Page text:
Tag: 杭州有没有玩419的

Donegal ranks lowest in disposable income again

first_imgHomepage BannerNews Twitter Arranmore progress and potential flagged as population grows Facebook Pinterest Important message for people attending LUH’s INR clinic Google+ RELATED ARTICLESMORE FROM AUTHOR People living in Donegal have less disposable income than anywhere else in the country.Recent figures released by the Central Statistics Office show that the disposable income per person in the county was 15,662 euro in 2017.The data shows that people who reside in Donegal continue to earn considerably less than other parts of the country.Donegal’s figure for average disposable income in 2017 was 24% lower than the State average of 20,714 euro.Roscommon, the next lowest county, has 1,677 euro more in disposable income.The average disposable income in Donegal was more than a third higher than Donegal’s.In neighbouring counties, Sligo had an average disposable income of 18,451 euro while Leitrim’s figure was 18,115 euro.Donegal has had the lowest disposable income per person every year since 2005. Facebook Twitter Nine til Noon Show – Listen back to Monday’s Programmecenter_img Previous articleLidl invest over €4.1M in DonegalNext articleNorth West 10k launched – Chairman Neil Martin News Highland DL Debate – 24/05/21 Pinterest Google+ Donegal ranks lowest in disposable income again WhatsApp News, Sport and Obituaries on Monday May 24th By News Highland – March 3, 2020 Loganair’s new Derry – Liverpool air service takes off from CODA WhatsApplast_img read more

​AP6 reins in cyclical sensitivity and targets long-term trends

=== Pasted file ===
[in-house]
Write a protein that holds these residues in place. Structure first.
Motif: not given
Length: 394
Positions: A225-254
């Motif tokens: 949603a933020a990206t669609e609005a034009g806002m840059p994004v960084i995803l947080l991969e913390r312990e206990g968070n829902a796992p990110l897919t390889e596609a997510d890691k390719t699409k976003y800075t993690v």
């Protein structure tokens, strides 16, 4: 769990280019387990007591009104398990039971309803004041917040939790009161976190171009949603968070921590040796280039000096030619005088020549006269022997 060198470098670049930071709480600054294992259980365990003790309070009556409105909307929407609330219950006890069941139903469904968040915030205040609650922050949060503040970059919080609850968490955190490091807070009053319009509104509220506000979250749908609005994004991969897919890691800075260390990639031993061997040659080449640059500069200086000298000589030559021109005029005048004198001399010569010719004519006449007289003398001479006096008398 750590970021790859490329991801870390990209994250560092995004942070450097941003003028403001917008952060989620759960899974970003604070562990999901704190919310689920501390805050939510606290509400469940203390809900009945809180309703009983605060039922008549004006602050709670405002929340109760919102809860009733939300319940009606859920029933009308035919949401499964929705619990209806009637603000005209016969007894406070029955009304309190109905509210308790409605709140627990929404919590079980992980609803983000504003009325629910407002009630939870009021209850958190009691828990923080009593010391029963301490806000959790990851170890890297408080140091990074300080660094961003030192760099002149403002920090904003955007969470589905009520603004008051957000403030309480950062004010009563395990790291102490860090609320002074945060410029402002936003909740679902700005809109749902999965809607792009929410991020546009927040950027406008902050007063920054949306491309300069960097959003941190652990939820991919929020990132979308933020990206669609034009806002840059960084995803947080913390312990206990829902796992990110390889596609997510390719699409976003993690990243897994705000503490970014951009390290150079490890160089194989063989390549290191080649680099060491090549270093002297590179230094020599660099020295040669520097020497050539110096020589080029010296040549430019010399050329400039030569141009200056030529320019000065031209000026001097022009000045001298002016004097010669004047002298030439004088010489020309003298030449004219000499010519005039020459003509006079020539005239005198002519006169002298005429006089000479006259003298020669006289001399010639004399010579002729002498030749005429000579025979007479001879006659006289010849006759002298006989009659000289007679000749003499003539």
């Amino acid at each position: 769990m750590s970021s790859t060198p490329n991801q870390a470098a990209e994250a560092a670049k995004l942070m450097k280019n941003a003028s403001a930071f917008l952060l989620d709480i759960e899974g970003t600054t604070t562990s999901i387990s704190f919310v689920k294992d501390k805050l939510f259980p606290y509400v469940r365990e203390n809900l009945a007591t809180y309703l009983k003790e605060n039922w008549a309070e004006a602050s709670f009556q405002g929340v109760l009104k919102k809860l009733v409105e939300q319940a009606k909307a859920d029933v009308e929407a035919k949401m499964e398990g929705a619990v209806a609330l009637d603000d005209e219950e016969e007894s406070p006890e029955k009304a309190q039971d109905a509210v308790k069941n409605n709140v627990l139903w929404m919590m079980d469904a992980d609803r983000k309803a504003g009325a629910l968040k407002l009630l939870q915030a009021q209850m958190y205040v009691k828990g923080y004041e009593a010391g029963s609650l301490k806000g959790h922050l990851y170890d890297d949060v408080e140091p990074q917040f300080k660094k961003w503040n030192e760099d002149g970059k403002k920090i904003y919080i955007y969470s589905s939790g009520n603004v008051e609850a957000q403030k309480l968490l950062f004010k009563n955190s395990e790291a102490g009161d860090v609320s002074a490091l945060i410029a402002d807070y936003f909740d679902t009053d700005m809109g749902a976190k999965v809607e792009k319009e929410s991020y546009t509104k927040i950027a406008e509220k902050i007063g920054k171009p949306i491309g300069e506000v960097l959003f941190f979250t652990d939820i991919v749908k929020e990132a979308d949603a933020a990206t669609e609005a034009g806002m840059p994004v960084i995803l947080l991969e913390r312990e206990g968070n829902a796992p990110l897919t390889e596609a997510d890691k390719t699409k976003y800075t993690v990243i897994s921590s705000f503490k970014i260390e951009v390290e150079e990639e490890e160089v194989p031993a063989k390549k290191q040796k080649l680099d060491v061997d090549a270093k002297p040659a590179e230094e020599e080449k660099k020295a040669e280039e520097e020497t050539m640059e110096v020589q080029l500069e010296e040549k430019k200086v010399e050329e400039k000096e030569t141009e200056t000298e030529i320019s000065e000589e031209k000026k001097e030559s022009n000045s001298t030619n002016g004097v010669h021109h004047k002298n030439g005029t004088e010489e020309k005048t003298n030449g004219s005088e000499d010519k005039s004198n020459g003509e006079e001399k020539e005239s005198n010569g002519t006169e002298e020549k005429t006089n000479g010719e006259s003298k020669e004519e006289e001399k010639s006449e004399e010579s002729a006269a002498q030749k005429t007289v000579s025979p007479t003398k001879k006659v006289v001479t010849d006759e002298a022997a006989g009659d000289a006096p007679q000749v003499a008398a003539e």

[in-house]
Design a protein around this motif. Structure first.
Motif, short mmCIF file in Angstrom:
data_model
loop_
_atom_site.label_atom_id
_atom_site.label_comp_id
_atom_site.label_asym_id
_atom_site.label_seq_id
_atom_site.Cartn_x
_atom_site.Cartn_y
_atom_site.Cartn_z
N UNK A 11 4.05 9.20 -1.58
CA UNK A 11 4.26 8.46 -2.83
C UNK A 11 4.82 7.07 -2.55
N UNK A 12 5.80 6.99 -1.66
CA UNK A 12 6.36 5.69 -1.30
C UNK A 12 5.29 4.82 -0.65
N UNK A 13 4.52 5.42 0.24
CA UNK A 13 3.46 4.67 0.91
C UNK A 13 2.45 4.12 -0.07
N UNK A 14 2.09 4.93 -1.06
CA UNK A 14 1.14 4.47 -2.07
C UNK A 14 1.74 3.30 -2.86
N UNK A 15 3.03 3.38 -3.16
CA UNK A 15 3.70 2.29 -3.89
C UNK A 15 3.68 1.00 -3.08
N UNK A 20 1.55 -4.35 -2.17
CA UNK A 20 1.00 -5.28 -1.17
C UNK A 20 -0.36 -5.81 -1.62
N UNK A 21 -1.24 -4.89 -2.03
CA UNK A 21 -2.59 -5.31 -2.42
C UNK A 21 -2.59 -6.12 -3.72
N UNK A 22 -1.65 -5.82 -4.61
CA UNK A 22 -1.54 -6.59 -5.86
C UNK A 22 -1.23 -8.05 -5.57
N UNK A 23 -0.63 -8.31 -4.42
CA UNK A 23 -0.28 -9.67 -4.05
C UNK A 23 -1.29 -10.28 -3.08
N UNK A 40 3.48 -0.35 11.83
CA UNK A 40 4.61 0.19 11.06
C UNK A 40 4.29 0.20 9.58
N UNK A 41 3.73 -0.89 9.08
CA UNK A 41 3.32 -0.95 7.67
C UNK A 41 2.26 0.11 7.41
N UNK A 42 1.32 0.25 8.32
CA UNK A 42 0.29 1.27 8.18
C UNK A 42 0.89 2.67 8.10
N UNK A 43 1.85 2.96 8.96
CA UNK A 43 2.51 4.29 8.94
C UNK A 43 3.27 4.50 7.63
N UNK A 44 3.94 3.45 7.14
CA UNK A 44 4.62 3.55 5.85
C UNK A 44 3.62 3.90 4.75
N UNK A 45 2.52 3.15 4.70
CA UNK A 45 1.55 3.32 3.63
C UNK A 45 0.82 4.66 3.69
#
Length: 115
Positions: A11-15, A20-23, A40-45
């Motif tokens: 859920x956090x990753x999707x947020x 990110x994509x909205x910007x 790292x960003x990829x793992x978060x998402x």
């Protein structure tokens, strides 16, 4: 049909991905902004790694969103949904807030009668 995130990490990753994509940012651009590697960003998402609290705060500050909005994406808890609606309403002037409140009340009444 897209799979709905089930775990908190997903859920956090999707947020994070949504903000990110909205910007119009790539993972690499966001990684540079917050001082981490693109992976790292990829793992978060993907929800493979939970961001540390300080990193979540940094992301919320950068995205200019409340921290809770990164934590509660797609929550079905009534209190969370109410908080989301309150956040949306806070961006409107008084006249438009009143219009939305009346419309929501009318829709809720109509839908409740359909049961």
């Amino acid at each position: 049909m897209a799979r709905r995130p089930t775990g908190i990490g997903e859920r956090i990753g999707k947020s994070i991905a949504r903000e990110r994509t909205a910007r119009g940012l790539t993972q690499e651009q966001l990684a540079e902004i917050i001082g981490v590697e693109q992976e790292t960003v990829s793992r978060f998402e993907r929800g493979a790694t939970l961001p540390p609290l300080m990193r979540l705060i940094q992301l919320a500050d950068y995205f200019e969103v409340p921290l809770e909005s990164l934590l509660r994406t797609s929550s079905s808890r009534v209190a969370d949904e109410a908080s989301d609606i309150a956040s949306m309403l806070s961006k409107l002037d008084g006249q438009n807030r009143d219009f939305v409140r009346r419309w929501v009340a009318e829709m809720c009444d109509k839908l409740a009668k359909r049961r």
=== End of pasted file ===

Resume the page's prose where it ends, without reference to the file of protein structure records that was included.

first_imgKatarina Staaf, chief executive officer of the buffer fund, said in the annual report: “We can sum up the year with a good return of just over SEK2.8bn, corresponding to 8.2%, with a high level of value creation within the portfolio together with a number of sales contributing to the result.”This percentage return after costs is down from 9.6% in 2018 and 12.3% in 2017.However, the fund said its mission is to focus entirely on investments in unlisted assets which are illiquid, and the return should be measured in the long term. The five-year annualised return for 2014-2019 was 9.8%, AP6 reported.The buffer fund’s capital grew to SEK37.5bn at the end of 2019 from SEK34.7bn a year before.Staaf, who only took up the lead role at the fund last September, said liquidity in the capital markets had continued to be very good in 2019, which had created a high level of activity in the private equity market.AP6’s restructuring of its strategy, which has been going on since 2013, has been characterised by a period in which its has made a large number of new investments, and has gradually created a portfolio of good quality co-investment fund holdings, Staaf said.“With this year’s investments and sales combined with those implemented in recent years, we are gradually building a robust portfolio with good long-term potential,” she said.By far the smallest of the five buffer funds backing the Swedish income pension – the main part of the general or state pension – AP6 is the last of the funds to report its annual results this year. Sweden’s AP6 – the private-equity specialist among Sweden’s state pension buffer funds – said investment deals done last year when capital markets were particularly liquid have reduced its vulnerability to the economic cycle and boosted exposure to long-term growth trends.In its 2019 annual report, AP6 said it made SEK8.1bn (€767m) of new investments in its fund and co-investment portfolio during the year, sold SEK5.6bn of investments and made SEK6bn of new fund commitments.Through these deals, the Gothenburg-based fund said the diversification and widening of the portfolio had been further strengthened, and it had also made the portfolio less cyclically sensitive.The transactions had created more exposure to companies and industries that generated value from underlying long-term trends, it said.last_img read more